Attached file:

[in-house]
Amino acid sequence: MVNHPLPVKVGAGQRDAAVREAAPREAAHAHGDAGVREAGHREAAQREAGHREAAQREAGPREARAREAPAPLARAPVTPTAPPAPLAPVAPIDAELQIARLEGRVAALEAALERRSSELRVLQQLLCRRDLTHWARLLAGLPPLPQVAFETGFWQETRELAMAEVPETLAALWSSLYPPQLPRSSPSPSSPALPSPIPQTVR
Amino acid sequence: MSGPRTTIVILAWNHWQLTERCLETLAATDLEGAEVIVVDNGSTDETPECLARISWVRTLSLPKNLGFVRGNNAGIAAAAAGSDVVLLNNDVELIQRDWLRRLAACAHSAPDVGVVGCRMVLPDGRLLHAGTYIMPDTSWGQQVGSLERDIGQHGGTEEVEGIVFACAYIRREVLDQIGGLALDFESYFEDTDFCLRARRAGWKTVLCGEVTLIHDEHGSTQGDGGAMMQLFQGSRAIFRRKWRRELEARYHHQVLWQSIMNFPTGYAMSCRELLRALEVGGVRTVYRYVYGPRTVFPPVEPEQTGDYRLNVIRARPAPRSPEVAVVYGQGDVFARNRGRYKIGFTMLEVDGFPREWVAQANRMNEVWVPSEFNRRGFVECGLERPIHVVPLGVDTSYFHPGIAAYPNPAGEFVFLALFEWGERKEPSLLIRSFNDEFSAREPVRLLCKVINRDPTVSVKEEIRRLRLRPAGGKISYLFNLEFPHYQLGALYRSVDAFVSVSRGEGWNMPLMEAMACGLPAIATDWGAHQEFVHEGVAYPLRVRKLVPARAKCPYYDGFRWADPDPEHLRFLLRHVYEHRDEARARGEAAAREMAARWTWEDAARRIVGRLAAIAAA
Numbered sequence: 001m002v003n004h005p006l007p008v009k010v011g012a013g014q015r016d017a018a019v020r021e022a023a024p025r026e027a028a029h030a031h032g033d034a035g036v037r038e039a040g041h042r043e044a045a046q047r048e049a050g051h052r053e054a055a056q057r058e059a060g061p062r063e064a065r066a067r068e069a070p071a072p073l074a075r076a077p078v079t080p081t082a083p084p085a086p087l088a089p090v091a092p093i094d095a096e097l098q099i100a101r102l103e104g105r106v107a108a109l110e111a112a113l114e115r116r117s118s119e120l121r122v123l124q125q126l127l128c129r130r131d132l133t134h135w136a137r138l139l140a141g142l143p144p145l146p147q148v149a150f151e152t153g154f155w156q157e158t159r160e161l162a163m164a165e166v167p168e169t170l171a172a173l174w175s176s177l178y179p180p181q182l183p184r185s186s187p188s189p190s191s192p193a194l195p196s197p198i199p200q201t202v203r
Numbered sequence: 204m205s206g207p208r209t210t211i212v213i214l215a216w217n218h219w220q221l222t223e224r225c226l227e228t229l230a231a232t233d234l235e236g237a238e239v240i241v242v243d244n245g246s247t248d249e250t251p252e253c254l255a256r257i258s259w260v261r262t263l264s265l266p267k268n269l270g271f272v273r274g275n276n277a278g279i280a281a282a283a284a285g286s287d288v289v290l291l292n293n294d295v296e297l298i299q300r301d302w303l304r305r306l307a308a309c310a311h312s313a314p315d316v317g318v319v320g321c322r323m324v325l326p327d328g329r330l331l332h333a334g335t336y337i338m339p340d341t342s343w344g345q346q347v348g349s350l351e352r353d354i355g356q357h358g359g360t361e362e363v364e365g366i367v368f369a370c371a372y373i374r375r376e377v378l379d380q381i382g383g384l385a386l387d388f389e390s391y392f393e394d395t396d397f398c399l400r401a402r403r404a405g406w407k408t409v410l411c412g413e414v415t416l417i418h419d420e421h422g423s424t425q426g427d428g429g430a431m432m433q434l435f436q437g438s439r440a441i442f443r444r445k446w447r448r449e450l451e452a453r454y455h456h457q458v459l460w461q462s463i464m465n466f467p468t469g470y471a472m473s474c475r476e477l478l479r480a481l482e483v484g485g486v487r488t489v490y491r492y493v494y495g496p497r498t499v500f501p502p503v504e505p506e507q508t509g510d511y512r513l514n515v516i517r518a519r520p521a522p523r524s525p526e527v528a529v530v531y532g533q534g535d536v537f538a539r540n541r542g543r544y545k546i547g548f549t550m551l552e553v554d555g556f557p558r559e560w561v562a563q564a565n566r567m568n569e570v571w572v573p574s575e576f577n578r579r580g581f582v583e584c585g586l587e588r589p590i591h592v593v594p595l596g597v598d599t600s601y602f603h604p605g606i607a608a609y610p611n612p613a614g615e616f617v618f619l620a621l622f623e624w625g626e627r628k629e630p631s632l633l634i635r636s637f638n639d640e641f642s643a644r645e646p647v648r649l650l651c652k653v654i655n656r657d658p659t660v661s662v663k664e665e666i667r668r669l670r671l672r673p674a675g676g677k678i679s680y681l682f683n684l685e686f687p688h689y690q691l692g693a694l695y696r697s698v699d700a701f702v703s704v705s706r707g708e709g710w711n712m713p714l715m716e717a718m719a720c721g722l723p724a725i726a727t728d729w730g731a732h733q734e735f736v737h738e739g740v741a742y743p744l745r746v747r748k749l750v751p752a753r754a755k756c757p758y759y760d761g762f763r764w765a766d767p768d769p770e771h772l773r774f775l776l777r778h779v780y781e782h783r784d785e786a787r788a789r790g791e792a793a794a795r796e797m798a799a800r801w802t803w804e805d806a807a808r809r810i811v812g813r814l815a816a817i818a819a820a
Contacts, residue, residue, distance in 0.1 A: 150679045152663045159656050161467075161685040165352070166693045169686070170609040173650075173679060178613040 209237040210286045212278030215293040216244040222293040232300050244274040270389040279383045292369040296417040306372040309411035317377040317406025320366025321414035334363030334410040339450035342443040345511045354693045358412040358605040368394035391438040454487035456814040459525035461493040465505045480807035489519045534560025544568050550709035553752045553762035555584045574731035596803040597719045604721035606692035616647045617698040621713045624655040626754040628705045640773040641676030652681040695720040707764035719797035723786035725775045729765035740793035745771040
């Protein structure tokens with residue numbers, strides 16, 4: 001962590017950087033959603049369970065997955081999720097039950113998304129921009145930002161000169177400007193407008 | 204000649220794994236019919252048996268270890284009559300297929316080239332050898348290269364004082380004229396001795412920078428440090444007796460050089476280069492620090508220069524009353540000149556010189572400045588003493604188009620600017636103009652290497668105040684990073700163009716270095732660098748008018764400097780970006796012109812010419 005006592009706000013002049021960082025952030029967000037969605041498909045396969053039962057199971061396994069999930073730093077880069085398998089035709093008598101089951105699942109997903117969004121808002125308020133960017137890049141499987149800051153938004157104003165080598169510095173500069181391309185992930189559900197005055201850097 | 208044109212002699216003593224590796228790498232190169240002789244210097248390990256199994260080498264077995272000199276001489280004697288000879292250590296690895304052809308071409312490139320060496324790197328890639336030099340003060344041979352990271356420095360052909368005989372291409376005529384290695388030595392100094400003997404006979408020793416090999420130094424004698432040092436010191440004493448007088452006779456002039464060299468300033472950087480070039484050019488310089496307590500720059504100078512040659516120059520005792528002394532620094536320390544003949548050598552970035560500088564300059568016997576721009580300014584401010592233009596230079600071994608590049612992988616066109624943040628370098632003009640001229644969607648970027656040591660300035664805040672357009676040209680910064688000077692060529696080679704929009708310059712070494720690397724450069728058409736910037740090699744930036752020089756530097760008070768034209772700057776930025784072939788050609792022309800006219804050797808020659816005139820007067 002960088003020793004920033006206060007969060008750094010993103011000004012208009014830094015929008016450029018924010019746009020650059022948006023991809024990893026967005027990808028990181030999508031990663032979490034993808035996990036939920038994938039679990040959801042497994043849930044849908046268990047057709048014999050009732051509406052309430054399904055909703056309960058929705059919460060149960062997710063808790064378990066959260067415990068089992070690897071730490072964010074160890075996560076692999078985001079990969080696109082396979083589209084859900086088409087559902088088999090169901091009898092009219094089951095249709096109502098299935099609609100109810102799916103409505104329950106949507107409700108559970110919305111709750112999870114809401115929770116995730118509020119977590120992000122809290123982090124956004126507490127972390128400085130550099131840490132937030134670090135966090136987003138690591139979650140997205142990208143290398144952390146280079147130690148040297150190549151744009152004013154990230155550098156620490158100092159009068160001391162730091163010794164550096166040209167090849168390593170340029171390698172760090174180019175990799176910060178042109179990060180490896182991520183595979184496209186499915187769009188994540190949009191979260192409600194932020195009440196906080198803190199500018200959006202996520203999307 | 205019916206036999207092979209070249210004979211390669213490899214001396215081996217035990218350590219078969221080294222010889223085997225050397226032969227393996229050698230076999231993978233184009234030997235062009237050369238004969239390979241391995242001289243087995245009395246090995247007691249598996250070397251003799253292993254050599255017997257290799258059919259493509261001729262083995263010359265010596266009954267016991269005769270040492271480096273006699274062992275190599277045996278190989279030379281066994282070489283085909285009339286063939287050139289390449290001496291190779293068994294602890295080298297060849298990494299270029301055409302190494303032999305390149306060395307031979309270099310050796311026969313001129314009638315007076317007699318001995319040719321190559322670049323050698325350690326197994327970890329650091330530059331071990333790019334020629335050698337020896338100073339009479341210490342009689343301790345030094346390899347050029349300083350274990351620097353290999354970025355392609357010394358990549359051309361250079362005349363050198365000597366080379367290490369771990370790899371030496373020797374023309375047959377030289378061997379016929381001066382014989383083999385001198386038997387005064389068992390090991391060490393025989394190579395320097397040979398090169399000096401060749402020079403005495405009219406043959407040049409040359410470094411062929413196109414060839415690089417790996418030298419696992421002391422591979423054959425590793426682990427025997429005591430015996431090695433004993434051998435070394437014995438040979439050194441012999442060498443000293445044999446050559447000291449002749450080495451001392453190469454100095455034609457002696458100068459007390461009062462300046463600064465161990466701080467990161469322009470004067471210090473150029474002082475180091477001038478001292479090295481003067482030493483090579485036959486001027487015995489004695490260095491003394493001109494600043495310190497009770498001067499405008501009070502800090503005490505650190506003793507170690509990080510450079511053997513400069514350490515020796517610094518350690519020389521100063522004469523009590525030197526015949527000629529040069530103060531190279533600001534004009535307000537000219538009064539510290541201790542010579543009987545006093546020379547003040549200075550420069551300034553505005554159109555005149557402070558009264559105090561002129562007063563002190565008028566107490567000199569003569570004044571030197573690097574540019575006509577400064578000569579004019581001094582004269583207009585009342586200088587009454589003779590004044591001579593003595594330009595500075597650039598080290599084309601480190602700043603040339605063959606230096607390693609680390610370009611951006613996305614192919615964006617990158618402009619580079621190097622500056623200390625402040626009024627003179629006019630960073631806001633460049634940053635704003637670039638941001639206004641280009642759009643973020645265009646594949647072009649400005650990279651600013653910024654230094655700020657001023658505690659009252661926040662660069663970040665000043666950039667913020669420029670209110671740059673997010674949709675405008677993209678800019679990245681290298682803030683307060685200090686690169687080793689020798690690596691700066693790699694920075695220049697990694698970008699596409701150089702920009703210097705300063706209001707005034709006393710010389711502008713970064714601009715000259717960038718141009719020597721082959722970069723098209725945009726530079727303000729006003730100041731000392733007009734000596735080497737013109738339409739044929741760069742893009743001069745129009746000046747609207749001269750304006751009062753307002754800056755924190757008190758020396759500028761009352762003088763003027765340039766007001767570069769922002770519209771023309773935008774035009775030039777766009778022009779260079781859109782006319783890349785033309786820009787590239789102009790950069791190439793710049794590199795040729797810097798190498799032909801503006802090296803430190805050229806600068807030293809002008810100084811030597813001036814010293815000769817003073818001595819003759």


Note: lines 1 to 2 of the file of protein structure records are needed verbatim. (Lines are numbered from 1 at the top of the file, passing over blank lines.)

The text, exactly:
[in-house]
Amino acid sequence: MVNHPLPVKVGAGQRDAAVREAAPREAAHAHGDAGVREAGHREAAQREAGHREAAQREAGPREARAREAPAPLARAPVTPTAPPAPLAPVAPIDAELQIARLEGRVAALEAALERRSSELRVLQQLLCRRDLTHWARLLAGLPPLPQVAFETGFWQETRELAMAEVPETLAALWSSLYPPQLPRSSPSPSSPALPSPIPQTVR